Government Regulations Protect Our Freedom

A few years ago, the nonprofit I ran commissioned an artist to make a mural on the outside of our building using ceramic tiles. The end product was amazing. But the money we used to pay for it came from a local government program in support of public art and was subject to all kinds of regulations that – at one point – I thought might upend the whole project. For example, it required the artist to purchase his materials from competitive bid, including women and minority-owned businesses, and that we document that the hourly wages we paid to the artist met the minimums set by the Fair Labor Standards Act (even though we’d commissioned a contracted amount up front).

Eventually we were able to find work-arounds for these regulations, but it is something that, as someone who ran a small business for over 20 years, I ran into several times. So I am not completely immune to the arguments Republicans make about the burden imposed by government regulations. But I constantly weighed that with the higher good most of those regulations were designed to accomplish. For example: I support any effort to ensure that women and minority-owned businesses compete on an equal playing field – especially when it is my tax dollars that are being spent.

In the latest issue of the Washington Monthly, Daniel Carpenter reviews the book No Freedom Without Regulation: The Hidden Lesson of the Subprime Crisis by Professor Joseph William Singer of Harvard Law School. In it, he turns the argument we usually hear from Republicans about how government regulations rob us of our freedom on its head. For example:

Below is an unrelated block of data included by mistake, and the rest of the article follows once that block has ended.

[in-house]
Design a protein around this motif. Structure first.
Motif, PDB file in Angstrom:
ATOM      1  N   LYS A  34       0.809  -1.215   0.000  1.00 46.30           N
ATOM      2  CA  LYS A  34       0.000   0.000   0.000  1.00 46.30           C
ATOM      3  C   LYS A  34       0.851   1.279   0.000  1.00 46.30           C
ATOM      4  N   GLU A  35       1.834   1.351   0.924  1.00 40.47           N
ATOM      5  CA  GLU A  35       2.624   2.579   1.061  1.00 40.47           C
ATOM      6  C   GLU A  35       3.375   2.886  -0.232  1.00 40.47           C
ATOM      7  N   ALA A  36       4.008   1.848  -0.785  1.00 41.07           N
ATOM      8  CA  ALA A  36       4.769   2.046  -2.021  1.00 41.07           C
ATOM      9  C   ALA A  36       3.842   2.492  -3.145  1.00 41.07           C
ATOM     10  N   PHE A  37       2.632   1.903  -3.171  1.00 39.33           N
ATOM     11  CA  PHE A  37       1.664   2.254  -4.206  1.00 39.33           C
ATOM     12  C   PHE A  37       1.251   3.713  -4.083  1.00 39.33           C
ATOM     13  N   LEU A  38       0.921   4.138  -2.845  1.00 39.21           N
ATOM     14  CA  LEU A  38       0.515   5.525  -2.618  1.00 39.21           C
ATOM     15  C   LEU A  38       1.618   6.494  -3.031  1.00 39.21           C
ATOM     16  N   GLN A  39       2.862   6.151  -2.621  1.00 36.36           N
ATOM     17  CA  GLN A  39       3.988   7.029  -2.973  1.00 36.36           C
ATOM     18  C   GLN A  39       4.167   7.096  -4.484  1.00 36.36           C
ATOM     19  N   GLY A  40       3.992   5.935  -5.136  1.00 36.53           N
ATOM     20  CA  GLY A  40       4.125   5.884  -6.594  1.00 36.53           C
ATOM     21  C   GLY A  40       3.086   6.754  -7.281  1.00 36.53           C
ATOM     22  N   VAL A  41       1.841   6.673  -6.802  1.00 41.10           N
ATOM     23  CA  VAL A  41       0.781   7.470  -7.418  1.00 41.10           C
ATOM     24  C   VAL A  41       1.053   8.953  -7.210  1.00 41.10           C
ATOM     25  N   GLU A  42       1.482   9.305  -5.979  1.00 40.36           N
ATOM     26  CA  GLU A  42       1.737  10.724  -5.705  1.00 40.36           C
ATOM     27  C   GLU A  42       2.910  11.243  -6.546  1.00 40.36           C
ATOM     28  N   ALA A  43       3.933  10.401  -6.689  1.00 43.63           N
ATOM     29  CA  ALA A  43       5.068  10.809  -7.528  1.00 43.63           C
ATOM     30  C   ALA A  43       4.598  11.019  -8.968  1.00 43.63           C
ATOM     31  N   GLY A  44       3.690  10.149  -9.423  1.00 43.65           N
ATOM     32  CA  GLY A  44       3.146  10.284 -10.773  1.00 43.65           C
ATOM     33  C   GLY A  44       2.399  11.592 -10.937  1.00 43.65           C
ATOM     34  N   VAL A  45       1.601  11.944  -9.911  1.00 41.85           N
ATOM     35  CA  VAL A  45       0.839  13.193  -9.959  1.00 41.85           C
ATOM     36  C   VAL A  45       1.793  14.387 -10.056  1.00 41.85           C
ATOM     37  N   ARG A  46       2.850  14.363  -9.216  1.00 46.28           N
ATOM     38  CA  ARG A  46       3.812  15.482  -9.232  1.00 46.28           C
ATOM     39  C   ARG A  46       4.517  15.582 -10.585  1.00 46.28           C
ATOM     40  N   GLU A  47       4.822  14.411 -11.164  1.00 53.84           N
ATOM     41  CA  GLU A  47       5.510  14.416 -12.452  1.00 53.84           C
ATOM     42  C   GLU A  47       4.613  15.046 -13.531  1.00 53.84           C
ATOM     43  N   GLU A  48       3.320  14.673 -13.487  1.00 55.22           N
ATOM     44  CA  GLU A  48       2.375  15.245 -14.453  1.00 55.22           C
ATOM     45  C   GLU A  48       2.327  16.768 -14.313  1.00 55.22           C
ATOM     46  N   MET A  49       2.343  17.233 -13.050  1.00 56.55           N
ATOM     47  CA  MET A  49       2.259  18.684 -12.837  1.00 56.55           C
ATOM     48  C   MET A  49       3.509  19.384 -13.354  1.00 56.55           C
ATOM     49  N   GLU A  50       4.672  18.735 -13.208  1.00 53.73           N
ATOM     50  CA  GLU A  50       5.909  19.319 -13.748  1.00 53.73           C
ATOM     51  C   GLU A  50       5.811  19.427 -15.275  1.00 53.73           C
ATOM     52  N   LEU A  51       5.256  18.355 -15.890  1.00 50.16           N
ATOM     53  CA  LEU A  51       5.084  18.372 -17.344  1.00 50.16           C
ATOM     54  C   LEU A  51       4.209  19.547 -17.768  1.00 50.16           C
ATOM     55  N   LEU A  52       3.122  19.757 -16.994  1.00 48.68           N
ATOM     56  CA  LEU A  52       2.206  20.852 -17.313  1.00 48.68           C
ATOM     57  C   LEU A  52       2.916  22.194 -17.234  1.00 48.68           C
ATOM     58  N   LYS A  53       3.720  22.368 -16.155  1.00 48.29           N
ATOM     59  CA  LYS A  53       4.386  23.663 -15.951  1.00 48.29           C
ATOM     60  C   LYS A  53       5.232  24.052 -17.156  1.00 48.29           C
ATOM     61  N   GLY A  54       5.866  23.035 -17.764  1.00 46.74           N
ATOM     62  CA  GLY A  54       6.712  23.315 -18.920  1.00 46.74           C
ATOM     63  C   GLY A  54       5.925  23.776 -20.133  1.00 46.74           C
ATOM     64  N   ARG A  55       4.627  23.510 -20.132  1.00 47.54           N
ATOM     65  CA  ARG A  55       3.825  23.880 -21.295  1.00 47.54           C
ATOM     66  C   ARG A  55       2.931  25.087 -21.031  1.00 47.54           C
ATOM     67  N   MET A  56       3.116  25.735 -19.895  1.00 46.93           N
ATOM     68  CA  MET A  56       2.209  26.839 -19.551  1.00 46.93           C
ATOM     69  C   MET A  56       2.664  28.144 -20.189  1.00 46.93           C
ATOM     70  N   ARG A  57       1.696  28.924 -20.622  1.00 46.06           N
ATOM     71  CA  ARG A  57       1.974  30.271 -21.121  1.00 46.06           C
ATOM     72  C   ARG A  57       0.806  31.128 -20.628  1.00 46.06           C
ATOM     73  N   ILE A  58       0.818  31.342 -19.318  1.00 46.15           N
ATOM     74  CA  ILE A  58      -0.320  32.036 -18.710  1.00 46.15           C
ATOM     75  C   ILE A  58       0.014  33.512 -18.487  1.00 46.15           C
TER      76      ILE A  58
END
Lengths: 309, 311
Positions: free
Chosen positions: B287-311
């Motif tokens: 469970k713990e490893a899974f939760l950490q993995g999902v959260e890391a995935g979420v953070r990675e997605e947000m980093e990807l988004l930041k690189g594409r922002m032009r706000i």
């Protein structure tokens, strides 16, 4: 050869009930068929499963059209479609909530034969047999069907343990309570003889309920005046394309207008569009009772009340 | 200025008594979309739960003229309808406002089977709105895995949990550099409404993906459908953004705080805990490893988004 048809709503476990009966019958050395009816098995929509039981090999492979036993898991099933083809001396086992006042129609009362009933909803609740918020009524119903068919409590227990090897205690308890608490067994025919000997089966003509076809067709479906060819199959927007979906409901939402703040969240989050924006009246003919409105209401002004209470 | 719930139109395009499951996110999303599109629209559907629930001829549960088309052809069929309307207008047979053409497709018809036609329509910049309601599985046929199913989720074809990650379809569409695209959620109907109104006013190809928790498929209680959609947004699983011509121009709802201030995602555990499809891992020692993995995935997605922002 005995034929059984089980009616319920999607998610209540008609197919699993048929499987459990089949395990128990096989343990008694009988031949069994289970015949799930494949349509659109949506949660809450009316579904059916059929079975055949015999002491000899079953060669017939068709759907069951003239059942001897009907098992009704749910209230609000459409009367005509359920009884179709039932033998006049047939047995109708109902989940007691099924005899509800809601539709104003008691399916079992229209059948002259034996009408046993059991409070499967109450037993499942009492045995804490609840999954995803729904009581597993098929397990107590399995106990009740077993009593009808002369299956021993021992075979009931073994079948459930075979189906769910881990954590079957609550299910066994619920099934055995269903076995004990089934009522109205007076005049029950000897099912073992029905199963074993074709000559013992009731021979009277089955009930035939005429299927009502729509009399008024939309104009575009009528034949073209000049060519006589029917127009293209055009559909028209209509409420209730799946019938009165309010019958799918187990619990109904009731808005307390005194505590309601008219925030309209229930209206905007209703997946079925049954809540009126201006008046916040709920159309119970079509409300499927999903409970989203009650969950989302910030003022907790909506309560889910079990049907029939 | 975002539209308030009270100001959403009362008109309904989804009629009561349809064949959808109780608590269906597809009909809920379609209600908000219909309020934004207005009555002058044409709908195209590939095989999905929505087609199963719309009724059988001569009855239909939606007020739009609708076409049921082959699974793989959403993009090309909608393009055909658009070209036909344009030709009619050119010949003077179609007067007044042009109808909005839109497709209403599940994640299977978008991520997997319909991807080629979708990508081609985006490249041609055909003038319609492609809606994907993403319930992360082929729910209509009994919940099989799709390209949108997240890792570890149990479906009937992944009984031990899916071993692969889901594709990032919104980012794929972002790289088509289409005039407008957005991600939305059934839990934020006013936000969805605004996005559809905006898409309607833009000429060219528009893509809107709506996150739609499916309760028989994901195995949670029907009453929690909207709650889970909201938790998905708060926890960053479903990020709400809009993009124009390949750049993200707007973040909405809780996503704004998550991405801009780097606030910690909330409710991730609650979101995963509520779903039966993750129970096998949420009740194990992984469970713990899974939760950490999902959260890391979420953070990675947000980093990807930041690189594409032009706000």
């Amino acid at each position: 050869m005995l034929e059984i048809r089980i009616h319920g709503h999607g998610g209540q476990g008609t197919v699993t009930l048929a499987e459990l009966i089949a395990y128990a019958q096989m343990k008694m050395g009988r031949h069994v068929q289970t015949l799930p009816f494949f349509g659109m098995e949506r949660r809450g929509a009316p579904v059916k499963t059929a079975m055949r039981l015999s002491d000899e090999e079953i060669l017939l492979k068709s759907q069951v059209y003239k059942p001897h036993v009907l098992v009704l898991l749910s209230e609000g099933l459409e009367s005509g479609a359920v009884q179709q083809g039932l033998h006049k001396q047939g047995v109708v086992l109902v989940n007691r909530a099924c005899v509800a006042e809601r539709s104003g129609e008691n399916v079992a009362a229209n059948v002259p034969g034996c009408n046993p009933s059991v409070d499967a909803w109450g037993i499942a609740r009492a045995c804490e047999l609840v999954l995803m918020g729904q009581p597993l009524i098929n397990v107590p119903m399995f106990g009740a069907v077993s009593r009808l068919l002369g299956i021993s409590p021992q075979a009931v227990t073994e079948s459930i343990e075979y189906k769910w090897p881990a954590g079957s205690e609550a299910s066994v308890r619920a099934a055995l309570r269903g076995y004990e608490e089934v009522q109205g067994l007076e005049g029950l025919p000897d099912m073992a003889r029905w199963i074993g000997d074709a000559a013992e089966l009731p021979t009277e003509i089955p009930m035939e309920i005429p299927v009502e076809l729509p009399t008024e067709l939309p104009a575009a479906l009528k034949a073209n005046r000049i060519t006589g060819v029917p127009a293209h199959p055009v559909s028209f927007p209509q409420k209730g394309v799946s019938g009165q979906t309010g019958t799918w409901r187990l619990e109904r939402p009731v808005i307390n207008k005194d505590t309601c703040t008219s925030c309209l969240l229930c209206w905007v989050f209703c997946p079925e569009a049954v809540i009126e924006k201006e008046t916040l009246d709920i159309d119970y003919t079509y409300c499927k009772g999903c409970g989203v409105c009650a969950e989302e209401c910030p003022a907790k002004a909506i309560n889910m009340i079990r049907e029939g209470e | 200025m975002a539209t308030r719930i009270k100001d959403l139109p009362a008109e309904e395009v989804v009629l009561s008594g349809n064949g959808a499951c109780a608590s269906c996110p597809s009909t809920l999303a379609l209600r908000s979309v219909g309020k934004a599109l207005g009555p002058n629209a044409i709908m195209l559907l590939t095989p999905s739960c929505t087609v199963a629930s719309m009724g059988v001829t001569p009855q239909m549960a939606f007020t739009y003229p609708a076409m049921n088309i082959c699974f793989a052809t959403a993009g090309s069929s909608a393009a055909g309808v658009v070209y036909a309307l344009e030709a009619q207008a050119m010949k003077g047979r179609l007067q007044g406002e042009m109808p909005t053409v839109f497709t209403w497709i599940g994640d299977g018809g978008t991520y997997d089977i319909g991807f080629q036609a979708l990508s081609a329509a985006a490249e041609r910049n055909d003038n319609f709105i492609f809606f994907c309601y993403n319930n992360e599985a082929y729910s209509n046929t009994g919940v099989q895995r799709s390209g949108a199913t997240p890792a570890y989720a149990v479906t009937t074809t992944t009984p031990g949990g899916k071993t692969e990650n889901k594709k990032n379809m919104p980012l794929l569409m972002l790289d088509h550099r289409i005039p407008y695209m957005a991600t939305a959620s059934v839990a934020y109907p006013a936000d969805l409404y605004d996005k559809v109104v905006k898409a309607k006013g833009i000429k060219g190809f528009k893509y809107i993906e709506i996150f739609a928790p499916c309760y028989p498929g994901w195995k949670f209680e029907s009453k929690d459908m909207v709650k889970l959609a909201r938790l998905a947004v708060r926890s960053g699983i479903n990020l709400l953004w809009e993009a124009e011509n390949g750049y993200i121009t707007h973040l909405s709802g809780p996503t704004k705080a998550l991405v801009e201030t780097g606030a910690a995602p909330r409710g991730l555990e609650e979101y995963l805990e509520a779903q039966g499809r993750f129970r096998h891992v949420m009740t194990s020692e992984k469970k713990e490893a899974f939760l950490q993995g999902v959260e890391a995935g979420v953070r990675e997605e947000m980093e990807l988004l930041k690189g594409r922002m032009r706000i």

When the state sets minimum standards of safety and transparency for the manufacture and sale of consumer products, it affords me the freedom to buy a toaster oven without first hiring a lawyer to read the fine print and an electrician to look over the specs to make sure it won’t catch on fire. Other restrictions protect us from negative externalities. Building codes may limit my neighbor’s ability to contract for the construction of a house with cheap material and bad wiring, but it protects my house from the fire likely to erupt in his.

He then gets to the heart of the issue: the subprime crisis.

He quotes Elizabeth Warren’s observation that subprime mortgages are the moral equivalent of exploding toasters. Those who sold subprime mortgages justified them at the time as helping lower-income families achieve the dream of homeownership. In fact, the various deceptions built into them hurt not only the borrowers—many of whom were in fact not low income—but also the financial institutions that purchased the mortgages, communities with high rates of foreclosure, and the rest of us who lost jobs, income, and wealth in the recession that resulted.

In other words, failure to regulate mortgages robbed an awful lot of people up and down the income scale of their financial freedom.

While it’s true that regulations can impose inconveniences on businesses, that is a small price to pay for the kind of freedom they protect.

Nancy LeTourneau

Nancy LeTourneau is a contributing writer for the Washington Monthly.